RACHIT SUWAPANICH1, METHINEE HAEWSUNGCHAROEN2
1Chiangmai University, Institute of Postharvest Technology, Thailand
2Chiangmai University, Department of Food Engineering, Thailand
Mango fruit cv. ``Nam Dok Mai Si thong'' (Mangifera indica L.) harvested at fully mature-green stage were stored at 5, 13 and 25 2#22 °C. The specific heat and thermal conductivity of flesh mango during storage were determined by Differential Scanning Calorimeter (DSC) followed ASTM-E1952 --98 method. The result showed that the specific heat of mango flesh stored at 25 2#22 °C increased in the first 2 days of storage, and remained constant thereafter, whereas those of the ones stored at 13 °C and 5 °C were relatively constant during 25 days of storage (p<0.05). Thermal conductivity of mango flesh, on the other hand decreased in 5 days when stored at 13 °C, and increased rapidly afterwards. Similar results were found in the fruit stored at 25 2#22 °C, however, the thermal conductivity of mango flesh stored at 5 °C increased in the first 5 days and remained relatively constant during 25 days of storage. The electrolyte leakage of mango flesh showed similar results with the thermal conductivity for whatever storage temperatures. Chilling injury became visible as pitting and discoloration after 5 and 20 days at 5 °C and 13 °C, respectively. The electrolyte leakage of mango flesh stored at 13 °C increased continuously but that of 5 °C was relatively constant. Since electrolyte leakage is one of the indicators used to determine chilling injury and ripening process, the increasing of electrolyte leakage as well as thermal conductivity in the case of 13 °C might be due to chilling injury incorporated with ripening process. It is possible that the thermal conductivity of the fruit could be related to chilling injury symptom and ripeness.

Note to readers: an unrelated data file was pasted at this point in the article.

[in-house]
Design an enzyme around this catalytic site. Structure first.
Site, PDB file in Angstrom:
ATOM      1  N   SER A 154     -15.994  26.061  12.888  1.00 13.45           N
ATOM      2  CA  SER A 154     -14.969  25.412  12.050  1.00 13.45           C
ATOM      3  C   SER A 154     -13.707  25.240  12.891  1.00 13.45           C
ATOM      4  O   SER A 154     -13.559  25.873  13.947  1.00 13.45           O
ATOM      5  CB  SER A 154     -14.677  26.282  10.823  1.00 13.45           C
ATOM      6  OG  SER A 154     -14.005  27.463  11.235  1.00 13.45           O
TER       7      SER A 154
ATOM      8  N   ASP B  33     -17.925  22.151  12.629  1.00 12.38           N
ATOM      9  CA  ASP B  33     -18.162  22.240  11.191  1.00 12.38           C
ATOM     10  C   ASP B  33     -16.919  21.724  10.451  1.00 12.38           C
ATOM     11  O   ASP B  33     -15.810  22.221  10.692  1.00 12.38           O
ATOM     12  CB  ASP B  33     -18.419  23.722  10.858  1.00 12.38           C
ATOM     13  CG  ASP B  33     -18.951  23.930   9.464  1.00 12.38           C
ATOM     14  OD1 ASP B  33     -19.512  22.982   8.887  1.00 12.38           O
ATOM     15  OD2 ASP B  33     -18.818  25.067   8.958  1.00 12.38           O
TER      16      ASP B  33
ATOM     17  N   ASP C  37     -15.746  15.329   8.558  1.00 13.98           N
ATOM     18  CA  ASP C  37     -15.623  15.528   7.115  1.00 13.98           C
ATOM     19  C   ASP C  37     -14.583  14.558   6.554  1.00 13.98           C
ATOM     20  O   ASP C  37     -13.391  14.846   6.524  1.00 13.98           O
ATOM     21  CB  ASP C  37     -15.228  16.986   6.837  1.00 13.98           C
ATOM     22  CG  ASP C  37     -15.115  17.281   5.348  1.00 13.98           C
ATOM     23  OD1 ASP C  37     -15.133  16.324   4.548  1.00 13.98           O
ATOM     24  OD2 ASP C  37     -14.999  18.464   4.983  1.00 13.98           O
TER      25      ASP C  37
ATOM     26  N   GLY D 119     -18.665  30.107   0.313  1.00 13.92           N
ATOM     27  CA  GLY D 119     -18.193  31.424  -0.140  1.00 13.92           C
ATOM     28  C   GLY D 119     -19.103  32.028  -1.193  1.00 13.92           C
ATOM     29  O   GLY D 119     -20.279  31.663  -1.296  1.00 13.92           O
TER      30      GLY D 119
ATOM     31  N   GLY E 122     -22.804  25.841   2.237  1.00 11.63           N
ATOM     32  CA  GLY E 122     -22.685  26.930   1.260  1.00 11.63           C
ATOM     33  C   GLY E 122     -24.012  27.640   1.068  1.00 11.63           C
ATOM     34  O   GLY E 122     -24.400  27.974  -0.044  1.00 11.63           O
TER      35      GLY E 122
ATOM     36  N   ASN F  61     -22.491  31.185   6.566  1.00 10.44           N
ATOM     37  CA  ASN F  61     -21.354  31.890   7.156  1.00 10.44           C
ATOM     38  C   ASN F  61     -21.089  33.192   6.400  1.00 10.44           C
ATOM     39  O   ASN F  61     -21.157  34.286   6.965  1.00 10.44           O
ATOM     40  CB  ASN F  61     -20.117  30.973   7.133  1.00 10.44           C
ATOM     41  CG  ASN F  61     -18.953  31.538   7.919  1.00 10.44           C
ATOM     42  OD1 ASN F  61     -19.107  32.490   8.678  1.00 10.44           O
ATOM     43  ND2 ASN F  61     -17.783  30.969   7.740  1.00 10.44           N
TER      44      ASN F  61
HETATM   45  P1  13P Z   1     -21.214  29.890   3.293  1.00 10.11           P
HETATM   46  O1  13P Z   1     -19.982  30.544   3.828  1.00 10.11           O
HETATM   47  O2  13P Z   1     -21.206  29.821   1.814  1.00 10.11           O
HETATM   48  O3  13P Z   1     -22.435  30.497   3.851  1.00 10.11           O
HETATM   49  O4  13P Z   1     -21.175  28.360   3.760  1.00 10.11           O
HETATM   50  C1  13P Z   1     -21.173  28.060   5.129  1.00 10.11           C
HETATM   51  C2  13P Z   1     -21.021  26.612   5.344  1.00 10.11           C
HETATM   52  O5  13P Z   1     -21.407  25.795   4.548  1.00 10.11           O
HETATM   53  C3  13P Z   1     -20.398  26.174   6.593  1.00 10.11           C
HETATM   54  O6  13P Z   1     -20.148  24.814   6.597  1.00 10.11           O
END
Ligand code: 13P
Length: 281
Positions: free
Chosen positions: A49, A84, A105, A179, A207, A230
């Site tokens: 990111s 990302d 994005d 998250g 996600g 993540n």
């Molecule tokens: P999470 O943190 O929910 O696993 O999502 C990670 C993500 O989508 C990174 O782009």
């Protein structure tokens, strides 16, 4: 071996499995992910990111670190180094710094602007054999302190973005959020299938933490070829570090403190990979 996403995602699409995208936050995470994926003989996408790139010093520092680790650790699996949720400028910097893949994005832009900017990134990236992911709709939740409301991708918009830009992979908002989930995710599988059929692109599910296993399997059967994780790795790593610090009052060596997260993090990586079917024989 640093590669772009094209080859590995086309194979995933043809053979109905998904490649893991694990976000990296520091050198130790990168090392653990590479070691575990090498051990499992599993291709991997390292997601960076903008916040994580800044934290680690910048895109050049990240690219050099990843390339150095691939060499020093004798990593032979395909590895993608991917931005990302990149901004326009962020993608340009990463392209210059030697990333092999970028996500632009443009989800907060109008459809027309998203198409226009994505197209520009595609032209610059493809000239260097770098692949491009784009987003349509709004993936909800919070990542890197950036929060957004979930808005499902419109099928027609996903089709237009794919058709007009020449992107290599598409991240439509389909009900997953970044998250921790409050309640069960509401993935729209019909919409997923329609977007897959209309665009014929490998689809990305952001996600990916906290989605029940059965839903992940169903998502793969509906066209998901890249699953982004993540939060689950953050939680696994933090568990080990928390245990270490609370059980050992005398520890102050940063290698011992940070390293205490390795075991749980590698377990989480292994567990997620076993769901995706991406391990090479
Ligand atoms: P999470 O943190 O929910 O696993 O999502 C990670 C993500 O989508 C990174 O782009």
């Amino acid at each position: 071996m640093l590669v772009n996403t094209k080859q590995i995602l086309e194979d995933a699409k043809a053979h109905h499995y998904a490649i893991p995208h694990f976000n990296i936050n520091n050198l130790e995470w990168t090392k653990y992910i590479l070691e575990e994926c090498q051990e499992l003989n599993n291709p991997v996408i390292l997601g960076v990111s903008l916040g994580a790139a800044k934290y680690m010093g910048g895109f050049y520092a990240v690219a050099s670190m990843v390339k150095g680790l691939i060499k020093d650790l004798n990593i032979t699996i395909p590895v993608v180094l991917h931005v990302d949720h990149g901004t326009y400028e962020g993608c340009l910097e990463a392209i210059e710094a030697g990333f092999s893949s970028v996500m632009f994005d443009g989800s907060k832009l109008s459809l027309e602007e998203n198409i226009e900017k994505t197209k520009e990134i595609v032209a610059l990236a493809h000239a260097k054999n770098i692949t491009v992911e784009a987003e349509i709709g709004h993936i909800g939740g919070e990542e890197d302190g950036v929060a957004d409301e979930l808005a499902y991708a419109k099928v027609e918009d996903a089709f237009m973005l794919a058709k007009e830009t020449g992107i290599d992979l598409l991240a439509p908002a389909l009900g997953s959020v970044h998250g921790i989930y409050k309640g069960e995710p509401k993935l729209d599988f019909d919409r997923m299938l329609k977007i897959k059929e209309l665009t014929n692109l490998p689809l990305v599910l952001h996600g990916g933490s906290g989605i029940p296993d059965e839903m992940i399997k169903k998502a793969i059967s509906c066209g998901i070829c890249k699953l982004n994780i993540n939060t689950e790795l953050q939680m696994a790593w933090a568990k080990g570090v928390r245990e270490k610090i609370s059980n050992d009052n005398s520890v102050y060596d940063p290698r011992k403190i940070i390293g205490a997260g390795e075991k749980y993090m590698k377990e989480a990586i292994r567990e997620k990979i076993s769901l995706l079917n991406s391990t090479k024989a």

Keywords: Chilling injury, mango, specific heat, thermal conductivity, thermal properties